Brand strength and flexibility behind eBay and PayPal split

Ebay boss John Donahoe says the decision to split eBay and PayPal into two separate companies will create two businesses with ‘strong, globally recognised’ brands that will be able to more easily adapt to changes in the ecommerce and payment industries.

PayPal ad
Paypal’s first UK TV ad highlights how you can use it to pay in retailers such as Mothercare.

Speaking on a call following the announcement of the split today (29 September), Donahoe said eBay had come to the end of its turnaround and is now positioned to be one of the “strong winners” in ecommerce. He said its “globally recognised brand” would help its growth, particularly in emerging market where customers are coming online for the first time.

Ebay revenue’s grew by almost 10 per cent year on year to $9.9bn in the past 12 months. It has 149 million active customers globally, while 200 million people have downloaded its app.

“Ebay is positioned to capitalise on future growth in emerging markets. This is a globally recognised brand and one that we expect people to do their first ecommerce transactions with in developing markets,” he added.

Ebay bought PayPal 12 years ago and has since seen it grow to a $7bn revenue company with 152 million users. Its growth has overshadowed that of its parent, with revenues up 26 per cent over the past year.

Donahoe said the two companies have had a “powerful reinforcing relationship, with “PayPal making eBay better and eBay making PayPal better”. However, the board has now decided that these synergies will decline over time as PayPal’s business off eBay grows faster than its business on eBay.

PayPal still accounts for around 80 per cent of transactions on eBay. However, PayPal’s reliance on eBay is declining, with the retailer now accounting for just 30 per cent of its total payment volume.

That number is expected to half over the next three to five years.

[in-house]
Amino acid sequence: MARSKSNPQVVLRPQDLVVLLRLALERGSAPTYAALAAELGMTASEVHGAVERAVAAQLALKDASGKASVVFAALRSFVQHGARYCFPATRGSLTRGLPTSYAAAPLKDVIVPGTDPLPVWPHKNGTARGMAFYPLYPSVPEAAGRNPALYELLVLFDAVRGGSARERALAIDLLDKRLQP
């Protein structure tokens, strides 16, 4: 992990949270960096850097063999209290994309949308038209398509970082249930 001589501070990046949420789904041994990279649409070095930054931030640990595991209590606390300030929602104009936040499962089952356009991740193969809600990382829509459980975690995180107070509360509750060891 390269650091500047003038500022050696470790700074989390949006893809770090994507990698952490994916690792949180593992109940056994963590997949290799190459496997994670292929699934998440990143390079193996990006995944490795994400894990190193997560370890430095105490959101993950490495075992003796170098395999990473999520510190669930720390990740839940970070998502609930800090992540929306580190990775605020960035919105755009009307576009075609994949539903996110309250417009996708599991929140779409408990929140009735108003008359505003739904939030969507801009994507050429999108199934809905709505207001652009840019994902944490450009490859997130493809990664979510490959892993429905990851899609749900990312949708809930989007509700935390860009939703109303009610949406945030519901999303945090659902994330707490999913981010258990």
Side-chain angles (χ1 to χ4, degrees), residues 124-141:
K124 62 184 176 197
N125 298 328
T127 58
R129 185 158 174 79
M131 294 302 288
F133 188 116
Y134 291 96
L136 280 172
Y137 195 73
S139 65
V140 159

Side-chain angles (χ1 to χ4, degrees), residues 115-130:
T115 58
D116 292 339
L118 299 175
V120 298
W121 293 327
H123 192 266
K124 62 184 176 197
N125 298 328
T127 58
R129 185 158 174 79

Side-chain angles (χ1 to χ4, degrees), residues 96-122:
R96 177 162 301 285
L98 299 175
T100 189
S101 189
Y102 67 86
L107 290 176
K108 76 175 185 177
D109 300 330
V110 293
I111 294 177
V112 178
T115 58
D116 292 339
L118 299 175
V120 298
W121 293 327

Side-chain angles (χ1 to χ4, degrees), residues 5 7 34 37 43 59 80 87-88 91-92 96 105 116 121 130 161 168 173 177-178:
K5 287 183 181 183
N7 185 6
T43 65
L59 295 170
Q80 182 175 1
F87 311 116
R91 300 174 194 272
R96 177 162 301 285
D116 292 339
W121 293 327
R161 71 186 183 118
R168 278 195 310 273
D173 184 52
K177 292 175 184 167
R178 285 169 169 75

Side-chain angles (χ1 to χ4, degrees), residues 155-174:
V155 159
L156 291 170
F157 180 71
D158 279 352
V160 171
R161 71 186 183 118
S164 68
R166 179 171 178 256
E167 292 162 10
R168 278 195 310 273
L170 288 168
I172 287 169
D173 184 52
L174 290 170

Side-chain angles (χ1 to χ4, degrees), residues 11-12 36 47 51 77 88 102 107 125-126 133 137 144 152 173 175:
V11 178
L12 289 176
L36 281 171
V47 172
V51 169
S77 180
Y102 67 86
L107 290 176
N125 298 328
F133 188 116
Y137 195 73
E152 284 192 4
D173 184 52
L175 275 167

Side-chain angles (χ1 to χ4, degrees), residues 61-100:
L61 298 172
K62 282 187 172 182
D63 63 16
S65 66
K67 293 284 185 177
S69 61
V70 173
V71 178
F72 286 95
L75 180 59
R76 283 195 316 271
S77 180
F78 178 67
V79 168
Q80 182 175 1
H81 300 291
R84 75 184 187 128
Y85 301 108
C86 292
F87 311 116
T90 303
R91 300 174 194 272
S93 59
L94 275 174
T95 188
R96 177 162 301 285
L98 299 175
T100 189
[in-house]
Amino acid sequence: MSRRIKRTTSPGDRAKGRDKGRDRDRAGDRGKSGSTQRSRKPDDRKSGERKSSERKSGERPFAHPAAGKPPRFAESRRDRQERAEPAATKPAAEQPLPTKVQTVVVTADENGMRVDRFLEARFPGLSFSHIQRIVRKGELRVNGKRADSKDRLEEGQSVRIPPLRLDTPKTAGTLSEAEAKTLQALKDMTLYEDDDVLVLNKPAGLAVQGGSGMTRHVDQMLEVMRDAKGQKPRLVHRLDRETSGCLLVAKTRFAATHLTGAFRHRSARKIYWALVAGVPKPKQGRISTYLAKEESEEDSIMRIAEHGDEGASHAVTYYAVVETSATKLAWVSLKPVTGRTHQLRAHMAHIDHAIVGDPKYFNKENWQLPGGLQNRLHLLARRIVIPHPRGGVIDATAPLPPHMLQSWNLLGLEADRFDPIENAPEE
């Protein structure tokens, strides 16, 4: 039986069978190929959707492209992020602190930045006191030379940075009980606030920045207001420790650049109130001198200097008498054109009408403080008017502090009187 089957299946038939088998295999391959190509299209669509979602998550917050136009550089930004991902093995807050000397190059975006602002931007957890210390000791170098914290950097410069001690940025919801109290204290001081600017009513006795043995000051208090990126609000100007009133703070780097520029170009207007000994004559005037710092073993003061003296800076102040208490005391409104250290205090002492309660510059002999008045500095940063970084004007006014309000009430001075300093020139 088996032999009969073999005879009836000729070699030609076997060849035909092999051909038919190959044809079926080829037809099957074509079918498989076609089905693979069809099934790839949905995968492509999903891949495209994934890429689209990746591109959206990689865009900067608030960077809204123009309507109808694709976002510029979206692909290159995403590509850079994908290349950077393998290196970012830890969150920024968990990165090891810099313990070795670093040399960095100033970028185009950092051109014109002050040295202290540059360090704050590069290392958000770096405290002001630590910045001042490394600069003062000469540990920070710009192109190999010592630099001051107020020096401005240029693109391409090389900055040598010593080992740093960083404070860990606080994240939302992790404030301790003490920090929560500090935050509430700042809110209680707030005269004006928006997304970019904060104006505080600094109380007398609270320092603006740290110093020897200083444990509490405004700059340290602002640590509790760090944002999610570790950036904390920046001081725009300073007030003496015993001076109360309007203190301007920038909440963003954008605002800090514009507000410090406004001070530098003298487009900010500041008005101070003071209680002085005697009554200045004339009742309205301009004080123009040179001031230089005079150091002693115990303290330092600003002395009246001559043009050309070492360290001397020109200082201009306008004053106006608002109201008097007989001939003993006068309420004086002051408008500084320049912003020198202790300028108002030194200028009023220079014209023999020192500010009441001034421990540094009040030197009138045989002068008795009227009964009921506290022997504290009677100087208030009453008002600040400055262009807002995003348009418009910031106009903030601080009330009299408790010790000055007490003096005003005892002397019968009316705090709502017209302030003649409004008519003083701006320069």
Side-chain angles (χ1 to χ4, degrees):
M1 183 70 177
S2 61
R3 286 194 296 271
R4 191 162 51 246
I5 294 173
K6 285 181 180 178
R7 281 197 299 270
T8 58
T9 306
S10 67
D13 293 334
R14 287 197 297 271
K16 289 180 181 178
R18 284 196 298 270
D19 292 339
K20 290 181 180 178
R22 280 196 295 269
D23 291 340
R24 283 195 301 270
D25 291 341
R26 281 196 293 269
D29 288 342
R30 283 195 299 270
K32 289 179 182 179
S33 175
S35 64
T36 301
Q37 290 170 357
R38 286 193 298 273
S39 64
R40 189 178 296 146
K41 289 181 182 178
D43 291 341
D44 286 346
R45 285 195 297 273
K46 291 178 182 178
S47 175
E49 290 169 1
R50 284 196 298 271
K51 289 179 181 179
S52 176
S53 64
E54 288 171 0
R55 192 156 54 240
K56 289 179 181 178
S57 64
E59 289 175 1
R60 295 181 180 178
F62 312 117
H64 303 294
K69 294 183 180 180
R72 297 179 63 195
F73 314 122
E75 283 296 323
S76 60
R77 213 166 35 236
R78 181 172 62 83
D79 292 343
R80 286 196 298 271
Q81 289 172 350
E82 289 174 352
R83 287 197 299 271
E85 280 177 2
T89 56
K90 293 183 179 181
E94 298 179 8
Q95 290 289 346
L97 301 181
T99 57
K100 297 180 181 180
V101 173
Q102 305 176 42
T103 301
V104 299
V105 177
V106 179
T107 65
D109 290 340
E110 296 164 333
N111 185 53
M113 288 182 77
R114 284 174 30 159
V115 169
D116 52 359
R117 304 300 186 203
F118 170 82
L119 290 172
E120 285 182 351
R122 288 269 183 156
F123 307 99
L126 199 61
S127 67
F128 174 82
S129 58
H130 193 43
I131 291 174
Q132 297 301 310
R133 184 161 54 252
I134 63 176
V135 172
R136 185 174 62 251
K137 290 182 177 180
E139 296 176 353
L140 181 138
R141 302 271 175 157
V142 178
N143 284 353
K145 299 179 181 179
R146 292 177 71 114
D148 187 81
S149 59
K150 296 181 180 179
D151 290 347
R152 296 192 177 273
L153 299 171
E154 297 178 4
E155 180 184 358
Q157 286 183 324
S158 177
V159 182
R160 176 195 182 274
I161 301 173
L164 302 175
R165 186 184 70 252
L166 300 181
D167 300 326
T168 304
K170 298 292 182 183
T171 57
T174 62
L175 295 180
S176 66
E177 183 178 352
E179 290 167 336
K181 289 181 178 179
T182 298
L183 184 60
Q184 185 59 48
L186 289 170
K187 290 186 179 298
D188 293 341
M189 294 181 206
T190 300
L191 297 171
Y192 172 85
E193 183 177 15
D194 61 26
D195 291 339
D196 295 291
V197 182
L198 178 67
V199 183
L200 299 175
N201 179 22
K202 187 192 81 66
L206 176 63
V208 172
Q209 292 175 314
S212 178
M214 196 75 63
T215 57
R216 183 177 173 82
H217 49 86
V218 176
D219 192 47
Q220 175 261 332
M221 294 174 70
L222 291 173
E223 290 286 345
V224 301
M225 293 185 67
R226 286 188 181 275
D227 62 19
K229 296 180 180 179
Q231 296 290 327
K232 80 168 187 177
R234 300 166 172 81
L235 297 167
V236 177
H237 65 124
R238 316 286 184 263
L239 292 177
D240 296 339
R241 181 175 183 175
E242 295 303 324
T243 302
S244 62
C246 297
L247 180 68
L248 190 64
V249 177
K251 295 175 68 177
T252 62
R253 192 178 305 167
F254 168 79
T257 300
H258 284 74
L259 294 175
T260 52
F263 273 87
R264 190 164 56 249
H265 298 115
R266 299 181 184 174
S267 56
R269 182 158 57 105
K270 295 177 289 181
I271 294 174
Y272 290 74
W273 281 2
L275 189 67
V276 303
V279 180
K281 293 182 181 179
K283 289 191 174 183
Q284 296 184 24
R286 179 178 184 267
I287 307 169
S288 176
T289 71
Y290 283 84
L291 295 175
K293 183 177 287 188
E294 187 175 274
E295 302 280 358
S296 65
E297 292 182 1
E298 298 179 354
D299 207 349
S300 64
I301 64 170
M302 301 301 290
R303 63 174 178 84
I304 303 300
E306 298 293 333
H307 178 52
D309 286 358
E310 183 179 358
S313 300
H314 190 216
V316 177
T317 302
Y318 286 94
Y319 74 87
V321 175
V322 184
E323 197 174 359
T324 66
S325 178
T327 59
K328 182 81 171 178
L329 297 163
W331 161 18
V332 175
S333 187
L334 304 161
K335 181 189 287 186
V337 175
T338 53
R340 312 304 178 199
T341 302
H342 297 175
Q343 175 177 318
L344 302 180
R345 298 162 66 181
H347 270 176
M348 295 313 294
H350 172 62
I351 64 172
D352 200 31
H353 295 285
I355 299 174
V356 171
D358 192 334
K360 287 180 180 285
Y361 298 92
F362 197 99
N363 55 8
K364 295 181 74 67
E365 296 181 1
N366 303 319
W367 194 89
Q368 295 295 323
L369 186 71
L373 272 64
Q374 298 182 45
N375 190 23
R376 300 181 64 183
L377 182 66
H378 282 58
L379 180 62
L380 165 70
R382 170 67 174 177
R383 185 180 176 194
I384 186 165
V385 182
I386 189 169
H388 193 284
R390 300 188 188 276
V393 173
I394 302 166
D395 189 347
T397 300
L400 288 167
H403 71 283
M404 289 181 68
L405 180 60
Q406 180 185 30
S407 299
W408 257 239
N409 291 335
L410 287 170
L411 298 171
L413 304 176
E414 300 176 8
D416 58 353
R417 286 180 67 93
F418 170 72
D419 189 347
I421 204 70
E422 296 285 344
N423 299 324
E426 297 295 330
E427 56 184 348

The split is aimed at opening up opportunities for PayPal to work more closely with the payments industry – be that with banks, merchants or technology providers.

PayPal wants to be better known for the range of payment solutions it offers, rather than just its relationship with eBay. Its recent brand campaign aimed to highlight the breadth of services it offers – including money transfers and the partnerships it has with retailers such as John Lewis and Mothercare that accept its payments.

“PayPal is now one of the most powerful and trusted brands on the web, facilitating one in every six dollars spent online globally. Spinning off PayPal creates a pureplay leader that is growing very fast at scale,” said Donahoe.

The two separate companies will continue to work together through a series of “arms-length” operating agreements. Ebay offer data on customers, platform for payment innovations, source of funding

As part of the split, Donahoe and eBay CFO Bob Swan will leave their positions, although they will take up roles on the board of the two new companies. Devin Wenig, currently president of eBay Marketplaces, will lead the new eBay after separation.

American Express executive Dan Schulman will join PayPal immediately as president and will take over as CEO following the split.

“This transaction creates two industry leaders each with significant reach and scale. It allows us to continue to focus on customers, innovation and execution to allow each business to compete and win going forward,” said Donahoe.

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